ss <- expensiveComputation <$> sourceFs srcs
  sk <- sinkFs  dsts
  drainP ss sk
  drainP ss sk -- expensiveComputation is run a second time here.

If one is not careful, one may end up with a program which does not use any intermediate memory, but duplicates a lot of intermediate computations. Linear types solve the problem by preventing such duplications. (Combinators may be still provided to duplicate computation explicitly or store intermediate results explicitly.)

Second, such representations may contain effects. In this situation, non-linear uses may produce an incorrect program. If one takes the example of a non-recursive representation of files, one may have two processes writing simultaneously in the same file (potentially corrupting data), or one may forget to close the file.

Quoting Lippmeier et al.:

In general an object of type Sources is an abstract producer of data, and it may not even be possible to rewind it to a previous state — suppose it was connected to a stream of sensor readings. Alas the Haskell type system does not check linearity so we rely on the programmer to enforce it manually.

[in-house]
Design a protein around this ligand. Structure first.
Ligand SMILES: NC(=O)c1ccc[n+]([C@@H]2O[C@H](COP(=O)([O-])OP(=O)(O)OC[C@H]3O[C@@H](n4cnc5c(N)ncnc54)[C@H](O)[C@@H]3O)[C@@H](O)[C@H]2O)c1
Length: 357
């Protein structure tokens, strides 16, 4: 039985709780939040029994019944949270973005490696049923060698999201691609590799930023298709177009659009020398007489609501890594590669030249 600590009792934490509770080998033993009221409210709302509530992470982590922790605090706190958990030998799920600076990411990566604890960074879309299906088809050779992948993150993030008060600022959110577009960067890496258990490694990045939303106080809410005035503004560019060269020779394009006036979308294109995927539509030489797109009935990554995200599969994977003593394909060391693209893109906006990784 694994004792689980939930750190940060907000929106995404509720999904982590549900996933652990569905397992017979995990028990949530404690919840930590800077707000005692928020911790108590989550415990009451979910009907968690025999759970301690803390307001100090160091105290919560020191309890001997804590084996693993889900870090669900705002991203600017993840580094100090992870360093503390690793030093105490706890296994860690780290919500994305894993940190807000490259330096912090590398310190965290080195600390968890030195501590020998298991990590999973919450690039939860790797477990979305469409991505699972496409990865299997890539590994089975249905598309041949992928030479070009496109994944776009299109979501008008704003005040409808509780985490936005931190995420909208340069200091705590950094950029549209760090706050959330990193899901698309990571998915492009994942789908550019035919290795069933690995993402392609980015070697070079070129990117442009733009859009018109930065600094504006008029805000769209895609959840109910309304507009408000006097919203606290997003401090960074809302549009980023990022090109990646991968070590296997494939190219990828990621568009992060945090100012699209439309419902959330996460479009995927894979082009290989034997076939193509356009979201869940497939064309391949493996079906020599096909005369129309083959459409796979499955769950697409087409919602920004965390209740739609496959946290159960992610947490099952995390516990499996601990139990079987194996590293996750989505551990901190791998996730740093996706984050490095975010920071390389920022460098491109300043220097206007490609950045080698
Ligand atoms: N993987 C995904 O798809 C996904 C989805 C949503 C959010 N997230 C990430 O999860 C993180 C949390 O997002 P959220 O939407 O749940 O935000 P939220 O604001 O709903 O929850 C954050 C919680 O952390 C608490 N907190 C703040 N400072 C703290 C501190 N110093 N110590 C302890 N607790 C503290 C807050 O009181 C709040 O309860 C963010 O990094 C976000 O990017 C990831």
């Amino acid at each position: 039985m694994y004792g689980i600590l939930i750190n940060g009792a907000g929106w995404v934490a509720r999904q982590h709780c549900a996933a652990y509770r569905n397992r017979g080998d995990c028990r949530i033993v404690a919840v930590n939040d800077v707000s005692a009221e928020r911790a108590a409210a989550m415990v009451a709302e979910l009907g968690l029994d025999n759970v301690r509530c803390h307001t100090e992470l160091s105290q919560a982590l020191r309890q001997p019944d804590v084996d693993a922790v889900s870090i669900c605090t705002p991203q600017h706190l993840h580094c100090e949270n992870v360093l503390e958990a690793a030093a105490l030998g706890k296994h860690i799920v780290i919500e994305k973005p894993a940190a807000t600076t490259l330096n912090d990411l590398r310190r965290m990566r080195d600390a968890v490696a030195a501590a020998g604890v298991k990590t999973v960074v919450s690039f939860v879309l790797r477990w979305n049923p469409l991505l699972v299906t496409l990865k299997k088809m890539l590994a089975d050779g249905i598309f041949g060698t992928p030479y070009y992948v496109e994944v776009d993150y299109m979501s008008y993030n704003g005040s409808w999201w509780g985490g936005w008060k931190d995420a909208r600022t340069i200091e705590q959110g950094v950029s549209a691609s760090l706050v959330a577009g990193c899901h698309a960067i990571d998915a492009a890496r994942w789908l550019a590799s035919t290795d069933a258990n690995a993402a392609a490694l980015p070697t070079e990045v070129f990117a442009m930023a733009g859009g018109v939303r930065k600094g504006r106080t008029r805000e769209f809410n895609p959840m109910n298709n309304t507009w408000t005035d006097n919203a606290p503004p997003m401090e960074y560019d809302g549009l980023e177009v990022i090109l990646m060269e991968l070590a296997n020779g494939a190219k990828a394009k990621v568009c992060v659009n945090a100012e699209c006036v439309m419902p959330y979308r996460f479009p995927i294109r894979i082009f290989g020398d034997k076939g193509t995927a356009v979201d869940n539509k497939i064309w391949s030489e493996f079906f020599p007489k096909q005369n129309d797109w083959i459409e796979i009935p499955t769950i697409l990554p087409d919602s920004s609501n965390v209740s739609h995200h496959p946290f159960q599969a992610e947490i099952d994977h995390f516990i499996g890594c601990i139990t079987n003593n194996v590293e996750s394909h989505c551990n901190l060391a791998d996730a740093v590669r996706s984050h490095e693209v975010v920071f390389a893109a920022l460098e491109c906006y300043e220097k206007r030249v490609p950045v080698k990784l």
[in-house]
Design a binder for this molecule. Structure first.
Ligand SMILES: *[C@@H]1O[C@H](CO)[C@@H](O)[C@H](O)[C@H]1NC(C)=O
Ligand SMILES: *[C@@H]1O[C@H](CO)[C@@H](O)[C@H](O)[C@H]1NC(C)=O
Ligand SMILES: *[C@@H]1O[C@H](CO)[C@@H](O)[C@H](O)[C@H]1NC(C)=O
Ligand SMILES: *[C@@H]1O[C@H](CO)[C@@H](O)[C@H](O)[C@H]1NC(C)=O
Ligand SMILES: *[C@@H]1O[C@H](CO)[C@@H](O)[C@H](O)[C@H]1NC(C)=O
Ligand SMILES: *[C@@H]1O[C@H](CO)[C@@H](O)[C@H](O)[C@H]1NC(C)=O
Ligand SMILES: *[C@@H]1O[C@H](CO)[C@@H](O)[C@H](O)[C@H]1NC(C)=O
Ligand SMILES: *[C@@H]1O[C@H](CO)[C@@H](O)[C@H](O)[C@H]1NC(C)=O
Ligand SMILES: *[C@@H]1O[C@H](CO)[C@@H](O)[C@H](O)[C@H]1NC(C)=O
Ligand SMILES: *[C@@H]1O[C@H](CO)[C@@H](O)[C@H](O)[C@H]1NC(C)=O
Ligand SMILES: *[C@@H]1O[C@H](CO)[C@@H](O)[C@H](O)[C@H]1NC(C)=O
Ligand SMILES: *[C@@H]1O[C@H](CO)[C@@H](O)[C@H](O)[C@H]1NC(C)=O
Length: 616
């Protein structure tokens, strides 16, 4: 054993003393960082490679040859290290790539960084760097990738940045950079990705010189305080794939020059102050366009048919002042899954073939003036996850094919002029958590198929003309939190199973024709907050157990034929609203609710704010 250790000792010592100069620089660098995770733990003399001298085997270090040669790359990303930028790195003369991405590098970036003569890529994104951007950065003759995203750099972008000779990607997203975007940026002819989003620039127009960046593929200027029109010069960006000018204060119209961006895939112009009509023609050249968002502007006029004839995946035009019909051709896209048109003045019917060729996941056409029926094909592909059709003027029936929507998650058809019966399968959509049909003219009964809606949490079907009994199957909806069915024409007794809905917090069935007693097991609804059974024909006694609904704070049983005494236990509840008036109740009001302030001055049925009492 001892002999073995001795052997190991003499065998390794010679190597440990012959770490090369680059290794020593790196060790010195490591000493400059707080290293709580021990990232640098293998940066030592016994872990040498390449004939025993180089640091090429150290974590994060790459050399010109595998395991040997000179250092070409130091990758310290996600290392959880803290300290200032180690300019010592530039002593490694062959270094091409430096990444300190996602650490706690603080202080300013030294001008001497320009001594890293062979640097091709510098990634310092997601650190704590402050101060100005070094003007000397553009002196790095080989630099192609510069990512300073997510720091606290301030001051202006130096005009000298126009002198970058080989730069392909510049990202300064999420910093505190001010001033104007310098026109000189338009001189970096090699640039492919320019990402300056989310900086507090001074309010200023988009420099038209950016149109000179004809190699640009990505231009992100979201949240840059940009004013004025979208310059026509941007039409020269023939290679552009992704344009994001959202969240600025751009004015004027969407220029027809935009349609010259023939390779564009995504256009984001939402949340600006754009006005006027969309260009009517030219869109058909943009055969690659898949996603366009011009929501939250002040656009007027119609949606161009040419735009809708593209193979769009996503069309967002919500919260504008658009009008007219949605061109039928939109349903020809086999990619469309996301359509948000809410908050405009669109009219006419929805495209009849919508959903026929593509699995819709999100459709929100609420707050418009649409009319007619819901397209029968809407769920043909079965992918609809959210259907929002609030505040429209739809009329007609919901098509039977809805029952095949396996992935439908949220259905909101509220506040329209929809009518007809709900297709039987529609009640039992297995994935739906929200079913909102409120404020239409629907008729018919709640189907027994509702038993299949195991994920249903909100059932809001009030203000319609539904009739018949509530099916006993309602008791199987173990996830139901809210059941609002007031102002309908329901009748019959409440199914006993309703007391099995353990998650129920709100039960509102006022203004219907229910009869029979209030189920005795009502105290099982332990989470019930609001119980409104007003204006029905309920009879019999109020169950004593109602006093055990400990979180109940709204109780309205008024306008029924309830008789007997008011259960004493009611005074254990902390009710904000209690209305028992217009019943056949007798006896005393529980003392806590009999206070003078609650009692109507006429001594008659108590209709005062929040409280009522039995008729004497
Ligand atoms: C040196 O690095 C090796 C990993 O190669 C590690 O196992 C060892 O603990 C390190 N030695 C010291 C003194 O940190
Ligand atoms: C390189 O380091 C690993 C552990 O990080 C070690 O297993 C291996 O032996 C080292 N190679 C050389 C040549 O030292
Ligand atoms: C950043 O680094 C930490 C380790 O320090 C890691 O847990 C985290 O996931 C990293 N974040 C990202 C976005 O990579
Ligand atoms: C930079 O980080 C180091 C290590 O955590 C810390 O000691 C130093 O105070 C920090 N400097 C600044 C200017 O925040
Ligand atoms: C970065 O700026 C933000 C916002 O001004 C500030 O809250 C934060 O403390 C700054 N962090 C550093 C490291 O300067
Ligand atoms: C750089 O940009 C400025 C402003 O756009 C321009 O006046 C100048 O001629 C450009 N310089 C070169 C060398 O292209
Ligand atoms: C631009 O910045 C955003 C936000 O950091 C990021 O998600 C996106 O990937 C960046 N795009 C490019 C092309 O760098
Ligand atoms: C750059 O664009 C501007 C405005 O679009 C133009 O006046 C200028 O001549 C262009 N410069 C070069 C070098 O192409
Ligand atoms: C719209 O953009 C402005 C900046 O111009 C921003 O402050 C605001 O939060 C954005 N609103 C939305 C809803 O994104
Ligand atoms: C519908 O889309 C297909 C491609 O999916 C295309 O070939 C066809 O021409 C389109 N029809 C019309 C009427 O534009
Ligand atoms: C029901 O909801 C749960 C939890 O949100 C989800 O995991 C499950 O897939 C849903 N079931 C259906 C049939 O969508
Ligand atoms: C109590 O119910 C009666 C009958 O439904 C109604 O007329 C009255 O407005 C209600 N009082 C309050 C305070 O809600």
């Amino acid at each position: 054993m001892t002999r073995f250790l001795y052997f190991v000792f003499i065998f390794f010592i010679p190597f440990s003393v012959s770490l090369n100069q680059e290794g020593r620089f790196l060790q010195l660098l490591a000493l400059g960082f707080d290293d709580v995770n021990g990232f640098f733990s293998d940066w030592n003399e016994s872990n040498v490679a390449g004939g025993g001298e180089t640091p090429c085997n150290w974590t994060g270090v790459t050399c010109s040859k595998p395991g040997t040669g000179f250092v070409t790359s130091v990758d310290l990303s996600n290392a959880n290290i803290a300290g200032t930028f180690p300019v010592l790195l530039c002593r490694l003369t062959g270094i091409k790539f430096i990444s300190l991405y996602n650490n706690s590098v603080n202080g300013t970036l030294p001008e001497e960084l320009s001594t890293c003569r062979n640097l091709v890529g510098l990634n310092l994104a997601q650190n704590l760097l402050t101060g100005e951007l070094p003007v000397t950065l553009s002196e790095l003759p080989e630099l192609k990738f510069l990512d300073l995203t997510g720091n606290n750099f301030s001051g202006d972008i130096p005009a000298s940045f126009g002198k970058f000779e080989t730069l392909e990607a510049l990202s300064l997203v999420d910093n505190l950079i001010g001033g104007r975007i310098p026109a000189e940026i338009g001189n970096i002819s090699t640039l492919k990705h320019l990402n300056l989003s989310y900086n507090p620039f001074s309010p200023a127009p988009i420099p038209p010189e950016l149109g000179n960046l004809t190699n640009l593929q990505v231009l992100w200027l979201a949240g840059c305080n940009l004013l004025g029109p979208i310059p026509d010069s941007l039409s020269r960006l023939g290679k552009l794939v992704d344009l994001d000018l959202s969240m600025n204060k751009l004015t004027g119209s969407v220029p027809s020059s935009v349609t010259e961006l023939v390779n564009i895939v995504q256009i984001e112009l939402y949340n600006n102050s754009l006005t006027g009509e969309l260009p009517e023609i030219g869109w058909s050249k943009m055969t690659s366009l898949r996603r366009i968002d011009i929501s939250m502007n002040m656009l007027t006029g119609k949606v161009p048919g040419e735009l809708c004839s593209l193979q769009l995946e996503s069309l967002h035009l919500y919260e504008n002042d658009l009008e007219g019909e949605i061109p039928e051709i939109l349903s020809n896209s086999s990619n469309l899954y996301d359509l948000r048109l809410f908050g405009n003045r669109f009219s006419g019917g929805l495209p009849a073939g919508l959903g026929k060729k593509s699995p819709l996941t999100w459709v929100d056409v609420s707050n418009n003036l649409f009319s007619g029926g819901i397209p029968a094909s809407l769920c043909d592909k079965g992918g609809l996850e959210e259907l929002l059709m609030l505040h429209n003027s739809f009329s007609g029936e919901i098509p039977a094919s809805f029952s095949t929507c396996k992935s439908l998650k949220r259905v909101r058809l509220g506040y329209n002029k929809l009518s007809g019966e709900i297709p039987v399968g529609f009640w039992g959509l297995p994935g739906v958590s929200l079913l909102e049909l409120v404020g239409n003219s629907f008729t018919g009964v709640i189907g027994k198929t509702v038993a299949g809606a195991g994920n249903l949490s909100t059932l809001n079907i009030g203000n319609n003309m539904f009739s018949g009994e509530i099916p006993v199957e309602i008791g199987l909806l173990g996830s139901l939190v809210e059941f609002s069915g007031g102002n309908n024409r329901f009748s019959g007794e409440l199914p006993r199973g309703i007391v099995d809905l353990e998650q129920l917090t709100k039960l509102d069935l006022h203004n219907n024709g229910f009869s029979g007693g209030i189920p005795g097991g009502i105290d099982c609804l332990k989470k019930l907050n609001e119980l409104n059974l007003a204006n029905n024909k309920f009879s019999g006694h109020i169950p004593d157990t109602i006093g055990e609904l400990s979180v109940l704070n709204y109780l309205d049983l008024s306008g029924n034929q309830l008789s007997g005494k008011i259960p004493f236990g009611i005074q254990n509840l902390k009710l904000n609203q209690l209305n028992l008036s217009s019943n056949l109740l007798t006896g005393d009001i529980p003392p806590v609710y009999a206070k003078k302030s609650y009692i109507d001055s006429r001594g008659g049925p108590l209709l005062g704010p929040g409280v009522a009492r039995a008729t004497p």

Literature on this style of non-recursive representations includes additionally:

Diminishing GC pressure

Because linear values cannot be shared, they should in principle not be subject to GC. Indeed, the consumer of the value (pattern matching) may very well perform de-allocation of the spot. Thus linear values can be stored in a heap outside of GC control. Alone, this strategy will diminish GC usage, but may increase the total running time of the program (if only because allocation in the GC heap is so efficient that it beats manual memory management for short-lived object) [Wakeling and Runciman have experienced this effect]. Yet, the tradeoff may be worth the trouble if long-tail in latencies is a bigger problem than absolute runtime.

There is however an improvement to be had on top of the simple strategy. Namely, to always fuse composition of linear functions. This strategy removes many short-lived objects. Fusing always is safe performance wise thanks to linearity. It is a good idea because it allows the programmer to predict accurately the behavior of the generated code.

A consequence of this choice is that linear data will only exist when pointed to by non-linear data structures.

Controlling sharing (full laziness)

According to de Vries (

[...] In the presence of the full laziness optimization we have no control over when values are not shared. While it is possible in theory to write code in such a way that the lazy data structures are self-referential and hence keeping them in memory does not cause a memory leak, in practice the resulting code is too brittle and writing code like this is just too difficult.